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Reference ontologies for manufacturing Bob Young - R Young, N Hastilow, M Imran, N Chungoora Z Usman and A-F Cutting-Decelle.

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Presentation on theme: "Reference ontologies for manufacturing Bob Young - R Young, N Hastilow, M Imran, N Chungoora Z Usman and A-F Cutting-Decelle."— Presentation transcript:

1 Reference ontologies for manufacturing Bob Young - R Young, N Hastilow, M Imran, N Chungoora Z Usman and A-F Cutting-Decelle

2 Outline Background - lots of useful standards Need for multiple standards across manufacturing Problems in interoperability across standards The IMKS project and the use of formal semantics Towards a reference ontology for manufacture

3 Global Manufacture Key areas: Modelling Manufacturing Capability Product Lifecycle Management Knowledge Sharing and Reuse Integration and Inter- operability Design for Manufacture Concurrent Engineering Manufacturing Planning Supply Chain Capability Information & Knowledge Infrastructures for Manufacture ICT in Manufacturing – background to our work at Loughborough University Manufacturing Industries: Aerospace Automotive Machine tools Electrical machines Injection moulding Food Manufacturing Industries: Aerospace Automotive Machine tools Electrical machines Injection moulding Food

4 Lots of useful standards Focus mainly on ISO TC 184 SC4 – “Industrial data” Examples of useful standards – ISO STEP overview – ISO machining features – ISO Product Lifecycle Support – ISO Parts Library – ISO MANDATE – ISO PSL – ………………..

5 STEP-ISO ISO PLIB ISO PLIB ISO PSL STEP NC ISO ISO AP239- PLCS ISO MANDATE ISO MANDATE STEP-ISO AP224 Feature Based Manufacturing I SO Cutting Tool Standard

6 Issues in using multiple ISO Standards for information sharing Multiple Interpretations of nominally the same concept Multiple definitions of the same term

7 Example: multiple interpretations from PRODUCT DEFINITION (ISO ) (uses definition from ISO ) ”a thing or substance produced by a natural or artificial process” e.g.: Product definition from (ISO 10303_1) ENTITY Product ABSTRACT SUPERTYPE OF (ONEOF (Breakdown, Breakdown_element, Document, Interface_connector, Interface_specification, Part, Requirement, Slot)); id : STRING; name : STRING; description : OPTIONAL STRING;BreakdownBreakdown_elementDocumentInterface_connectorInterface_specificationPartRequirementSlot END_ENTITY; from PLCS Part-439 (ISO ) (uses definition from ISO )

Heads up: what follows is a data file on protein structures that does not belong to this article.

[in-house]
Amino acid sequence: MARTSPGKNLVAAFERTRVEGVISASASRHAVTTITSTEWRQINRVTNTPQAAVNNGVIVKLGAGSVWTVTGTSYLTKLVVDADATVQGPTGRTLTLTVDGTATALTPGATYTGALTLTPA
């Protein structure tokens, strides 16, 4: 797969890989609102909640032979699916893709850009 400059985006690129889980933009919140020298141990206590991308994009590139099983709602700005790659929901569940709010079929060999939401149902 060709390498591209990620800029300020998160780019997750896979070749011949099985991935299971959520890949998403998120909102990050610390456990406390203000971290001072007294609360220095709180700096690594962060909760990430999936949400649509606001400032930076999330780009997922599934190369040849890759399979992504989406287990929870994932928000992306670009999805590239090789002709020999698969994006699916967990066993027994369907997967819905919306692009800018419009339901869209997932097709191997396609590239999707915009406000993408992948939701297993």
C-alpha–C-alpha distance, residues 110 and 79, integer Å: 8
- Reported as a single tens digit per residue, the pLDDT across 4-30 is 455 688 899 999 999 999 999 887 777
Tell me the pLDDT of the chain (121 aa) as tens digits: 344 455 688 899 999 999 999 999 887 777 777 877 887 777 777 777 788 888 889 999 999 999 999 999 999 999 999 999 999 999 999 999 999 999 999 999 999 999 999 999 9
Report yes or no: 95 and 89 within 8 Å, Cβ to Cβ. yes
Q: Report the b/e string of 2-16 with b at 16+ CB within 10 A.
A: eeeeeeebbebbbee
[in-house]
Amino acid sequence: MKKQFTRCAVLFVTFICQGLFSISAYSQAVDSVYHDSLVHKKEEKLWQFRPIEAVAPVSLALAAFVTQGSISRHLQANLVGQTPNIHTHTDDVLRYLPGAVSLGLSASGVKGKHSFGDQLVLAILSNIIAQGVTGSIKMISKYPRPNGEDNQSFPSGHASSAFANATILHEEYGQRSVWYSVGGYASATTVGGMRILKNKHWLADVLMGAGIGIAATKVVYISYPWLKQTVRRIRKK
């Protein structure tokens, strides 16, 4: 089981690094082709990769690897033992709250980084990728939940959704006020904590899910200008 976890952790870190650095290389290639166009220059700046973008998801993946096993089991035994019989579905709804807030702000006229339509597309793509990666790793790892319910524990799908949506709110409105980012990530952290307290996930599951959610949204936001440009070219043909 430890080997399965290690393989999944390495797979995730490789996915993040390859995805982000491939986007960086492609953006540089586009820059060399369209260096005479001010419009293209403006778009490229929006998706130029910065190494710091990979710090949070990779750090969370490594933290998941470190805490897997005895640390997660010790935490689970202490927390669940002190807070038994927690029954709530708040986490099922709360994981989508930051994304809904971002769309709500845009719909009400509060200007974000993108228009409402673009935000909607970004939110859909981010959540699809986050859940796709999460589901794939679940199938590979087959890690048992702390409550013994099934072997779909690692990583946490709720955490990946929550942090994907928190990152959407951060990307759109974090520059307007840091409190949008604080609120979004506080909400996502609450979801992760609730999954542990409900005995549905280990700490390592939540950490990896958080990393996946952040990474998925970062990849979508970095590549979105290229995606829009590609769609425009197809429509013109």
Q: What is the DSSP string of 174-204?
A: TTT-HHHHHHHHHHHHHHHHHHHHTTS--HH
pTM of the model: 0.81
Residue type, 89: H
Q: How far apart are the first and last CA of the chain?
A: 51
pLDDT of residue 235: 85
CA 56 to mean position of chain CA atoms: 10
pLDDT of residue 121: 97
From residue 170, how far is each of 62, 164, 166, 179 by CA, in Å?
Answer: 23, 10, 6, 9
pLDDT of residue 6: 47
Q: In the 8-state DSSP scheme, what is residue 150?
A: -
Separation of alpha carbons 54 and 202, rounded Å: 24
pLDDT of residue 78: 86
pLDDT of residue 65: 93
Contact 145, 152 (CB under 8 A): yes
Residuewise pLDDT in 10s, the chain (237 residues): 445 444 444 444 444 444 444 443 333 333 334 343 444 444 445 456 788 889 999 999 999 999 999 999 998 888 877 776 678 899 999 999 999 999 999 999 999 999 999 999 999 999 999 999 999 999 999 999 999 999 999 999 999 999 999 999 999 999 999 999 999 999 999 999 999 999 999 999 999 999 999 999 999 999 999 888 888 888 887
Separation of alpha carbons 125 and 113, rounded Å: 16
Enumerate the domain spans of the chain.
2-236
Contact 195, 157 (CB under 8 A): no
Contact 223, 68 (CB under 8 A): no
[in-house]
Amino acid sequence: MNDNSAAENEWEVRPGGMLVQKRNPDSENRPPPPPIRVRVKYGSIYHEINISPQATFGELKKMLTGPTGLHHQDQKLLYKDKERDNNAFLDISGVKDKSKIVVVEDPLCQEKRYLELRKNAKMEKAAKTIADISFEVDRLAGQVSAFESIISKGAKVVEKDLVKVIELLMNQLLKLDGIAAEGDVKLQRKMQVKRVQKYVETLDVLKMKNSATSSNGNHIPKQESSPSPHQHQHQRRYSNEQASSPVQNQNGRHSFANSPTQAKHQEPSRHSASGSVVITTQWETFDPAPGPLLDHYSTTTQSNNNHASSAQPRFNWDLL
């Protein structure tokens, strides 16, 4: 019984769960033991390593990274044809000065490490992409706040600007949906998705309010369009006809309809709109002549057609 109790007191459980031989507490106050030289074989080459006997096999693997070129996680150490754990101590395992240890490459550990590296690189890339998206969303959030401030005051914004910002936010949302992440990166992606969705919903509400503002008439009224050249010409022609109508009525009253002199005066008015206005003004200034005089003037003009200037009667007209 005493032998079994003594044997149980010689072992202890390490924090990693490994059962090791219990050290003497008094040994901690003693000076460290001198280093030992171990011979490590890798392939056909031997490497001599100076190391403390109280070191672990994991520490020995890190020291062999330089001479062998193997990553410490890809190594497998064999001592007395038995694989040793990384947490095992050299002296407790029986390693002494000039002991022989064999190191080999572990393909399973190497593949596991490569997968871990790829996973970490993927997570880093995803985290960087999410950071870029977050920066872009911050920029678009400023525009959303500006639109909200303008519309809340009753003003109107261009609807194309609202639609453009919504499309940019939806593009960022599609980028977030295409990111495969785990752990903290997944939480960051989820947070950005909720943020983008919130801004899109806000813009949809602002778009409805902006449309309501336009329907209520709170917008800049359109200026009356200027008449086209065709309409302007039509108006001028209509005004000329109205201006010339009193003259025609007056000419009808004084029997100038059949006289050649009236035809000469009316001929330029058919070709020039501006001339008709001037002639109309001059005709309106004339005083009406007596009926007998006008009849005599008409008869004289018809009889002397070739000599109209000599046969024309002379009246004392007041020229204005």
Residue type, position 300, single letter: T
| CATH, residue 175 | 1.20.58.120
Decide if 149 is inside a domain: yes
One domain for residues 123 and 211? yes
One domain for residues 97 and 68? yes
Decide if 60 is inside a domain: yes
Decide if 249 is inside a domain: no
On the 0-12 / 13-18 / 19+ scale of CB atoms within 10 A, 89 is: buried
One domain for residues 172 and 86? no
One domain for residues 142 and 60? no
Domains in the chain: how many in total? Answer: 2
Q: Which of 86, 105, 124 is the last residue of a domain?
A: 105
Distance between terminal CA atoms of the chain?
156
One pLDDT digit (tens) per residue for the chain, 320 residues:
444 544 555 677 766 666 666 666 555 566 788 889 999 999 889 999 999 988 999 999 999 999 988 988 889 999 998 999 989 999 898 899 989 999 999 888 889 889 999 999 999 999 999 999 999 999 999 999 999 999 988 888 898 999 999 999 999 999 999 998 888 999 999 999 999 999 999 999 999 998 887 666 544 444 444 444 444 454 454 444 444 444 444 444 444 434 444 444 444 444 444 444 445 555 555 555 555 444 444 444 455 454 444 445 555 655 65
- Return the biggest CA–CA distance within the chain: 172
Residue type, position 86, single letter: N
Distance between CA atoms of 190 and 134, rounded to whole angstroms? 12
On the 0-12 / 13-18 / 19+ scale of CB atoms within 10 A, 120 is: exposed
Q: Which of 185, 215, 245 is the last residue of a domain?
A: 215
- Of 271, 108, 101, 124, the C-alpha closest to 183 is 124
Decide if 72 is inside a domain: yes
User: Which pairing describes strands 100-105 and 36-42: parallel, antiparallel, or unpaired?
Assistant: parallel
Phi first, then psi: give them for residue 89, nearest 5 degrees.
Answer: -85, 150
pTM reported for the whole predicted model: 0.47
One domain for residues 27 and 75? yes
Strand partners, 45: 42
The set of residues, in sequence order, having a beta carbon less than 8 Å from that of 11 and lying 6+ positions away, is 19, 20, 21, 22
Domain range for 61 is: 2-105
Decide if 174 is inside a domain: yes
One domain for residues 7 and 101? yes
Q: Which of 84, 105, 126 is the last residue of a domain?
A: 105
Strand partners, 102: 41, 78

8 Multiple definitions for the same term from MACHINING FEATURE (ISO 10303_224) “A Part is a material or functional element that is intended to constitute a component of different products” from PLIB (ISO 13584_1) “A Part is the physical item which is intended to be produced through the manufacturing process. Each Part may be one of the following: Manufactured_assembly, or Single_piece_part. The data associated with a Part are the following: — manufacture_authorization; — manufactured_by_organization; — manufactured_by_person; — owned_by_organization; — owned_by_person; — part_description; — part_id; — part_name; — part_revision_id; — physical_form; — property_characteristics; — quantity_ordered; — security_classification. ” Example: Part

9 Resource (ISO ; ISO ): Any device, tool and means, except raw material and final product components, at the disposal of the enterprise to produce goods or services. This definition includes ISO definition. Resource (ISO ): Something that may be described in terms of a behavior, a capability, or a performance measure that is pertinent to the process. Resource (ISO 15704): An enterprise entity that provides some or all of the capabilities required by the execution of an enterprise activity and/or business process. Michel, J.J., Terminology extracted from some manufacturing and modelling related standards. CEN/TC 310 N1119R2. Problem – multiple standards with multiple semantics

10 ISO TC184/SC4 Future architecture Rotterdam SC4 recognise need for formal ontologies I ndustrial D ata I ntegrated O ntologies and M odels